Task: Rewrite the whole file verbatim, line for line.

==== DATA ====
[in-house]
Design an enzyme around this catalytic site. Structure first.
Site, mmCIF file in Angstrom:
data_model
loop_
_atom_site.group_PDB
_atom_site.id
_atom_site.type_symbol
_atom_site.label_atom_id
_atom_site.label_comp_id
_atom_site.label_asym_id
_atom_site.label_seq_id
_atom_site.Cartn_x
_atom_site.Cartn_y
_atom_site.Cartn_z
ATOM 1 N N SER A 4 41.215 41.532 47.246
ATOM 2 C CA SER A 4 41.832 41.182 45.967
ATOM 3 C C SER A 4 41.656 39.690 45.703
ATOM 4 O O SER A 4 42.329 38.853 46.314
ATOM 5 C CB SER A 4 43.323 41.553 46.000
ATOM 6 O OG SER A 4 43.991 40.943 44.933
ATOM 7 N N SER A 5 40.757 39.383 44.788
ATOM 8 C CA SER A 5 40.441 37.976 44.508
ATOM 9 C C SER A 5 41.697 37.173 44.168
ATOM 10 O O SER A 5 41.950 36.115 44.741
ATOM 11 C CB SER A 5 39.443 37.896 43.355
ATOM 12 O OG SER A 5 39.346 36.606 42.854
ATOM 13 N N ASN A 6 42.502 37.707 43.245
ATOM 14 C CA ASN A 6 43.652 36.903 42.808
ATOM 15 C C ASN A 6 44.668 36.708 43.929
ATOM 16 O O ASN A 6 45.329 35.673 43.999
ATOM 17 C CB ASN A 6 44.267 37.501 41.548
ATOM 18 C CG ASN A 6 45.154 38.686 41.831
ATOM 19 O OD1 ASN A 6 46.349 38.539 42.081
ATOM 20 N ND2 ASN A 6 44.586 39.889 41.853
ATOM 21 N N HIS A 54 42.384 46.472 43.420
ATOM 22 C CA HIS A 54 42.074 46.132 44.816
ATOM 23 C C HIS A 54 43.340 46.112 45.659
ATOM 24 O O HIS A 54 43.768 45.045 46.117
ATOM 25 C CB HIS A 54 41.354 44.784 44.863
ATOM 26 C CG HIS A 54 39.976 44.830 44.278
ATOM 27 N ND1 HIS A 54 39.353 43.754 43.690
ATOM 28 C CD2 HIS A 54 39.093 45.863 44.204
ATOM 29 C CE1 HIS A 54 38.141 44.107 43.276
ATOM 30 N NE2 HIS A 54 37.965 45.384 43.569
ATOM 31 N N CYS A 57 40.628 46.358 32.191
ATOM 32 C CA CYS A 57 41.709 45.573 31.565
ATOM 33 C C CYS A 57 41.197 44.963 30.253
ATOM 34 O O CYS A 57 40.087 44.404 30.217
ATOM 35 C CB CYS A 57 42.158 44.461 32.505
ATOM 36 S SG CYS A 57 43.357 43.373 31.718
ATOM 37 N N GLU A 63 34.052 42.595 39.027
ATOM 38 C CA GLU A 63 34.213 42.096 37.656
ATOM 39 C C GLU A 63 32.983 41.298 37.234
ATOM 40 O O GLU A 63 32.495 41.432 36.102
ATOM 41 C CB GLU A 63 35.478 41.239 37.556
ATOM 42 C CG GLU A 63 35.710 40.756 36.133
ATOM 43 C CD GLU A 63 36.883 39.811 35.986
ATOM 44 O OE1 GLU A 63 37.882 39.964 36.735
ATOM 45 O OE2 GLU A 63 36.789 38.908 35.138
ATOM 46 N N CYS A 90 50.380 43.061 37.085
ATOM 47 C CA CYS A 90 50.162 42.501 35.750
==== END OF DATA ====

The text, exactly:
[in-house]
Design an enzyme around this catalytic site. Structure first.
Site, mmCIF file in Angstrom:
data_model
loop_
_atom_site.group_PDB
_atom_site.id
_atom_site.type_symbol
_atom_site.label_atom_id
_atom_site.label_comp_id
_atom_site.label_asym_id
_atom_site.label_seq_id
_atom_site.Cartn_x
_atom_site.Cartn_y
_atom_site.Cartn_z
ATOM 1 N N SER A 4 41.215 41.532 47.246
ATOM 2 C CA SER A 4 41.832 41.182 45.967
ATOM 3 C C SER A 4 41.656 39.690 45.703
ATOM 4 O O SER A 4 42.329 38.853 46.314
ATOM 5 C CB SER A 4 43.323 41.553 46.000
ATOM 6 O OG SER A 4 43.991 40.943 44.933
ATOM 7 N N SER A 5 40.757 39.383 44.788
ATOM 8 C CA SER A 5 40.441 37.976 44.508
ATOM 9 C C SER A 5 41.697 37.173 44.168
ATOM 10 O O SER A 5 41.950 36.115 44.741
ATOM 11 C CB SER A 5 39.443 37.896 43.355
ATOM 12 O OG SER A 5 39.346 36.606 42.854
ATOM 13 N N ASN A 6 42.502 37.707 43.245
ATOM 14 C CA ASN A 6 43.652 36.903 42.808
ATOM 15 C C ASN A 6 44.668 36.708 43.929
ATOM 16 O O ASN A 6 45.329 35.673 43.999
ATOM 17 C CB ASN A 6 44.267 37.501 41.548
ATOM 18 C CG ASN A 6 45.154 38.686 41.831
ATOM 19 O OD1 ASN A 6 46.349 38.539 42.081
ATOM 20 N ND2 ASN A 6 44.586 39.889 41.853
ATOM 21 N N HIS A 54 42.384 46.472 43.420
ATOM 22 C CA HIS A 54 42.074 46.132 44.816
ATOM 23 C C HIS A 54 43.340 46.112 45.659
ATOM 24 O O HIS A 54 43.768 45.045 46.117
ATOM 25 C CB HIS A 54 41.354 44.784 44.863
ATOM 26 C CG HIS A 54 39.976 44.830 44.278
ATOM 27 N ND1 HIS A 54 39.353 43.754 43.690
ATOM 28 C CD2 HIS A 54 39.093 45.863 44.204
ATOM 29 C CE1 HIS A 54 38.141 44.107 43.276
ATOM 30 N NE2 HIS A 54 37.965 45.384 43.569
ATOM 31 N N CYS A 57 40.628 46.358 32.191
ATOM 32 C CA CYS A 57 41.709 45.573 31.565
ATOM 33 C C CYS A 57 41.197 44.963 30.253
ATOM 34 O O CYS A 57 40.087 44.404 30.217
ATOM 35 C CB CYS A 57 42.158 44.461 32.505
ATOM 36 S SG CYS A 57 43.357 43.373 31.718
ATOM 37 N N GLU A 63 34.052 42.595 39.027
ATOM 38 C CA GLU A 63 34.213 42.096 37.656
ATOM 39 C C GLU A 63 32.983 41.298 37.234
ATOM 40 O O GLU A 63 32.495 41.432 36.102
ATOM 41 C CB GLU A 63 35.478 41.239 37.556
ATOM 42 C CG GLU A 63 35.710 40.756 36.133
ATOM 43 C CD GLU A 63 36.883 39.811 35.986
ATOM 44 O OE1 GLU A 63 37.882 39.964 36.735
ATOM 45 O OE2 GLU A 63 36.789 38.908 35.138
ATOM 46 N N CYS A 90 50.380 43.061 37.085
ATOM 47 C CA CYS A 90 50.162 42.501 35.750